Gain Staging? What is This?
Whilst working in the digital domain has its awesome advantages, there are however a number of crucial things that we need to bear in mind in order to maintain the highest quality and sonic integrity of our music production output. Most of us are probably aware of the basics and follow these principles as a matter of course but it’s always worth reviewing some of these protocols from time to time just to make sure that we are optimizing the tools at our disposal and maintaining the process of achieving the very highest quality results. Having come from the old school analogue recording days, there were a number of techniques I would use in order to achieve a particular sound. But now that all of my productions are done in Logic Pro X and I stay almost entirely in the digital domain, many of these processes are done quite differently. I will be highlighting some of these things which we all need to watch out for to avoid getting ourselves into problems in terms of audio clipping and unwanted distortion. I’ve created these two video tutorials to address some of these key points and hope that they would serve as a reminder to those of us who have been working in both analogue and digital domains. Despite the fact that I have demonstrated these techniques using Logic Pro, you can apply these transferable methods to whatever DAW platform you are working in, whether you operate in Pro Tools, Cubase, Digital Performer, Reason, FL Studio, Reaper, Presonus Studio One or anything else not mentioned.
Working With Analog Gear in the Analog Domain
Now in my early days of recording in analog I worked with tape based reel to reel machines, decent quality analog mixes and other outboard gear. One of the vantages of working with this type of equipment is the fact that you were able to drive your audio signal quite high up in terms of gain and distort the signal somewhat to create a particular sonic of character. This character shaping was derived from the over-driving and distorting of the analog equipment and electronics as well as the over-saturation of the tape. These principles have now changed when working in digital because as soon as you cross that 0DB threshold you will encounter an unpleasant break up of your audio signal. Now to avoid this there are plug-ins that you can insert into your Logic channel strip to replicate that sense of analog distortion and tape saturation. However you do have to follow some important principles void to overloading your channels as I will demonstrate in the videos.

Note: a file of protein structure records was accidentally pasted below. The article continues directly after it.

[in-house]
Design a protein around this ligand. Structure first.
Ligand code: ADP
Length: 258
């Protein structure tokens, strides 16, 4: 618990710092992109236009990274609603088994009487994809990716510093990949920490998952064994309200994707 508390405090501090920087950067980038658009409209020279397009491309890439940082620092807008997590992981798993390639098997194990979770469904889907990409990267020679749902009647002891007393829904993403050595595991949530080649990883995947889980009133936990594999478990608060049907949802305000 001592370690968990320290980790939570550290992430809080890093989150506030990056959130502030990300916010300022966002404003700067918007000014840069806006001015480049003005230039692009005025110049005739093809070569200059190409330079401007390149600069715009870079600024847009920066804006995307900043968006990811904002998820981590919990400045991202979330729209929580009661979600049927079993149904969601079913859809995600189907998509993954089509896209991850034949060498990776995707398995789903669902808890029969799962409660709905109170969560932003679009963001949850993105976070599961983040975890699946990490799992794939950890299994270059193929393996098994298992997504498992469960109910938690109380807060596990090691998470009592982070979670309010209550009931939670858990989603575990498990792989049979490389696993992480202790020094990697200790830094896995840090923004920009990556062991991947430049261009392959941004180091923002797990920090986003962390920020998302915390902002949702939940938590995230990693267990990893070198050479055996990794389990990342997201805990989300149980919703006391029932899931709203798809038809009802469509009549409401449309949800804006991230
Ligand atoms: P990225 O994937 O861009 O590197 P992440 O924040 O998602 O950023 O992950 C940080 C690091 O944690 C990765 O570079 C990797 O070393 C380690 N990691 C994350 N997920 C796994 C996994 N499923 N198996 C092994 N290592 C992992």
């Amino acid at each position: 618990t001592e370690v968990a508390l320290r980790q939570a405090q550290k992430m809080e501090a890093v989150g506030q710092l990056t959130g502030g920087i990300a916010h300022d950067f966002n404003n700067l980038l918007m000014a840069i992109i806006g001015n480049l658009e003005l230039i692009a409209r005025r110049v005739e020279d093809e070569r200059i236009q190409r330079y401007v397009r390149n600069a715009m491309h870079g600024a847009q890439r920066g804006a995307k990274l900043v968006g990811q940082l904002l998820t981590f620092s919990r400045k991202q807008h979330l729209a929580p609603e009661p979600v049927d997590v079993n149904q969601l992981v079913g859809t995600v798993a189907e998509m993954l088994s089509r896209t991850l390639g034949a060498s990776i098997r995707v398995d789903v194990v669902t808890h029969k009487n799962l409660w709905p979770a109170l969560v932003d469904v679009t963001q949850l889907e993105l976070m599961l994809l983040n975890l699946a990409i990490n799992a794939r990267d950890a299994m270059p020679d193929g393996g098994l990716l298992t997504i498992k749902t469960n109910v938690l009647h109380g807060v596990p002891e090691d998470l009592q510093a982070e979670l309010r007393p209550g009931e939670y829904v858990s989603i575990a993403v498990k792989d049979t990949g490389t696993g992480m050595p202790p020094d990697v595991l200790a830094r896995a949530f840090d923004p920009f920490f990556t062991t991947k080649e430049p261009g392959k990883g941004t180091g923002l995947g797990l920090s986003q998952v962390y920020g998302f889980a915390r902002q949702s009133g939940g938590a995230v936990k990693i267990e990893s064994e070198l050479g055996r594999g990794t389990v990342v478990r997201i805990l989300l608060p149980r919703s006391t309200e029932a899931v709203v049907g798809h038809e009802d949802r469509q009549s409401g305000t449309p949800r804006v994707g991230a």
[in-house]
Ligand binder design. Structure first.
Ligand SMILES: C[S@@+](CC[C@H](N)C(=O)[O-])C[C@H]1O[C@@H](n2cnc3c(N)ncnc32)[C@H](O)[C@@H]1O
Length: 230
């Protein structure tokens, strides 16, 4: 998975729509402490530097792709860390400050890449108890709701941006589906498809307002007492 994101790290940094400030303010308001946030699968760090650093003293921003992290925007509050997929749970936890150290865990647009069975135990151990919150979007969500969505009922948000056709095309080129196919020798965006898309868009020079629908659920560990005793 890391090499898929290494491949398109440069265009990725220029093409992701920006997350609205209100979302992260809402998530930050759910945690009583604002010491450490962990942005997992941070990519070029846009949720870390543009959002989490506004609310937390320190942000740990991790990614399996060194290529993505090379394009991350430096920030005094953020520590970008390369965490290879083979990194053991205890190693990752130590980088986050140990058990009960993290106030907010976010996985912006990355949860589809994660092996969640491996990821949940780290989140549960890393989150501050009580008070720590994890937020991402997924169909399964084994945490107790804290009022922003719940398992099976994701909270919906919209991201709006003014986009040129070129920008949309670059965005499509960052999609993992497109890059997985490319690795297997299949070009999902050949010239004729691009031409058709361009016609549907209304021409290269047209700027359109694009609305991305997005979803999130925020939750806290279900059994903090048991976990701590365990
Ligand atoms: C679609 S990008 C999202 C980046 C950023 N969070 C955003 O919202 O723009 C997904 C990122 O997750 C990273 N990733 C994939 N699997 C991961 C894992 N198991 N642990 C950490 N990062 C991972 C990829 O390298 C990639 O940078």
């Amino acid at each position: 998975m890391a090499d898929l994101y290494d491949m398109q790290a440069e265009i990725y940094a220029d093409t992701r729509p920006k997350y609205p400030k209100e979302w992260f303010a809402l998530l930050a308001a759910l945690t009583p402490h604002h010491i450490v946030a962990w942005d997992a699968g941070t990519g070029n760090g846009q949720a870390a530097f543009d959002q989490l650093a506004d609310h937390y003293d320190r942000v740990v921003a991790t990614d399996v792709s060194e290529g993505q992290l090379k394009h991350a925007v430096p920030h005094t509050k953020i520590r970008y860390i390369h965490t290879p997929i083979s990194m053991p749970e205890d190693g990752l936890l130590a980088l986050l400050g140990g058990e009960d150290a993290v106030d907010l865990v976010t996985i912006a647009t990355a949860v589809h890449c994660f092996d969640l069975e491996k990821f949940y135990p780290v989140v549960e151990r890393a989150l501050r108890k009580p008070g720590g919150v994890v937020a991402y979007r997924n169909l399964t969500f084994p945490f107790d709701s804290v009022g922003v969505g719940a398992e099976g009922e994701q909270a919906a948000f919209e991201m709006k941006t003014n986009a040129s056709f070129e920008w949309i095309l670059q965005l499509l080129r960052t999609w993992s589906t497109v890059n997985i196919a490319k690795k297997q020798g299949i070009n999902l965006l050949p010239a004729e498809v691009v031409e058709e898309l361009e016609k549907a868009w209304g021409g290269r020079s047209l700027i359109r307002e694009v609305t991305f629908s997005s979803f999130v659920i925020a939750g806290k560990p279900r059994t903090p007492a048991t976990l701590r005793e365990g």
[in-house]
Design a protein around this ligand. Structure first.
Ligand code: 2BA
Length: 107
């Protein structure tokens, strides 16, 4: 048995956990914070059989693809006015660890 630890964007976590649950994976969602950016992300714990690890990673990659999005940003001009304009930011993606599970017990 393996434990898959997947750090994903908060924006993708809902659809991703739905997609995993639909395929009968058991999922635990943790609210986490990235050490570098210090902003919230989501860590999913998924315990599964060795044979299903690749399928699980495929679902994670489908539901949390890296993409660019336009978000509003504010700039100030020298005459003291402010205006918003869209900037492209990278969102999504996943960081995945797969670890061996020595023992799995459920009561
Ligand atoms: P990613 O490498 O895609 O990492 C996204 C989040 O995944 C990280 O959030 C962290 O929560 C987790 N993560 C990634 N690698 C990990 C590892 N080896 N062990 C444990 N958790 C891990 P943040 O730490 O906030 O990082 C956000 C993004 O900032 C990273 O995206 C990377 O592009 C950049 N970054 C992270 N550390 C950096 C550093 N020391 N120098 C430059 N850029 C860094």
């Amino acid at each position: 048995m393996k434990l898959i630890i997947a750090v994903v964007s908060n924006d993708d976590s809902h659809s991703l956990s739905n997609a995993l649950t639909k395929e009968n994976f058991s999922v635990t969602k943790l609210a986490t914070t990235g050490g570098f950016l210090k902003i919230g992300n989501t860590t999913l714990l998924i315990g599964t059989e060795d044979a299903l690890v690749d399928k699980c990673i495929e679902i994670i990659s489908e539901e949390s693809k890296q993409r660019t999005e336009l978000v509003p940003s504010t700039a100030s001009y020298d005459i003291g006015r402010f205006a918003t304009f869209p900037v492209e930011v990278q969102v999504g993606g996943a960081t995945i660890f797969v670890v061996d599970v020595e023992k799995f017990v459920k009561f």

So in the first video I will show you how to ensure that your signal path from your musical instrument or voice, all the way through to your output channel in Logic X, is all set up correctly to avoid overloading and distortion. By following a simple set of guidelines you will be able to ensure that your signal path is optimized. This process is called Gain Staging and as I will demonstrate you can achieve this with relative ease by just making sure that you observe the different points at which gain can be boosted or attenuated within your signals path.
Digital Distortion & How to Avoid it
In the second video I will show you how to ensure that your signals are correctly balanced in your DAW following your recording session. This is important particularly when it comes to mixing and mastering your tracks. If you find that your channel strips are clipping then that means something needs addressing and as we know RED often means danger so keeping an eye on your channel strip meters as well as those on your group buses and master bus is crucial. That being said, once you have watched the video you will see exactly what I’m referring to and as with all of my videos I do my best to demonstrate the entire process, breaking down each aspect into easy to understand chunks.
Watch the Videos and Leave Feedback
So as always, do make sure you leave a comment, like and subscribe to my channel as I very much welcome your feedback. This particular set of videos is part of my music production tutorial series on Logic Pro X so make sure you check out my channel for more tips and tricks on how to optimize your music production process and workflow. I’ll be adding more over the coming weeks and months so stay tuned and locked in. Above all I do hope that you learn something from these lessons that will benefit you in your music production journey.